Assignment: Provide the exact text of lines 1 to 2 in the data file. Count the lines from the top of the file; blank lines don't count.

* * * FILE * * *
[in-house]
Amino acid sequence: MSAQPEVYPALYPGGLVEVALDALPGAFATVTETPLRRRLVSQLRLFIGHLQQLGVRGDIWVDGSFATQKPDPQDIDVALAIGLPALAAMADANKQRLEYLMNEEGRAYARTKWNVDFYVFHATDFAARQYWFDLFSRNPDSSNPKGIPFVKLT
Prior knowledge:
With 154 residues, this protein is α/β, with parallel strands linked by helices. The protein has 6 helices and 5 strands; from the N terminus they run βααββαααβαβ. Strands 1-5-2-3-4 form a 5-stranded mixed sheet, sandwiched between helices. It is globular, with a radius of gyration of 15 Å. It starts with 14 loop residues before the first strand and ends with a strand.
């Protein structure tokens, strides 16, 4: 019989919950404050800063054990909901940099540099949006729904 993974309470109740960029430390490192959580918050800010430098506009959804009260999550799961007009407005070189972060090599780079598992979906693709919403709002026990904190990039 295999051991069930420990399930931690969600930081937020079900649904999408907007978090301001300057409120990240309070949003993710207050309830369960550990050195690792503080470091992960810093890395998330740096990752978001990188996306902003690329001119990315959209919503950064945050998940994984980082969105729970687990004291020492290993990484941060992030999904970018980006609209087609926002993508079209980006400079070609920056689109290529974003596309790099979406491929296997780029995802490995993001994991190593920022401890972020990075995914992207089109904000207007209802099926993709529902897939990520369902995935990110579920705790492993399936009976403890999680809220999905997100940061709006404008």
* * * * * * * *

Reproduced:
[in-house]
Amino acid sequence: MSAQPEVYPALYPGGLVEVALDALPGAFATVTETPLRRRLVSQLRLFIGHLQQLGVRGDIWVDGSFATQKPDPQDIDVALAIGLPALAAMADANKQRLEYLMNEEGRAYARTKWNVDFYVFHATDFAARQYWFDLFSRNPDSSNPKGIPFVKLT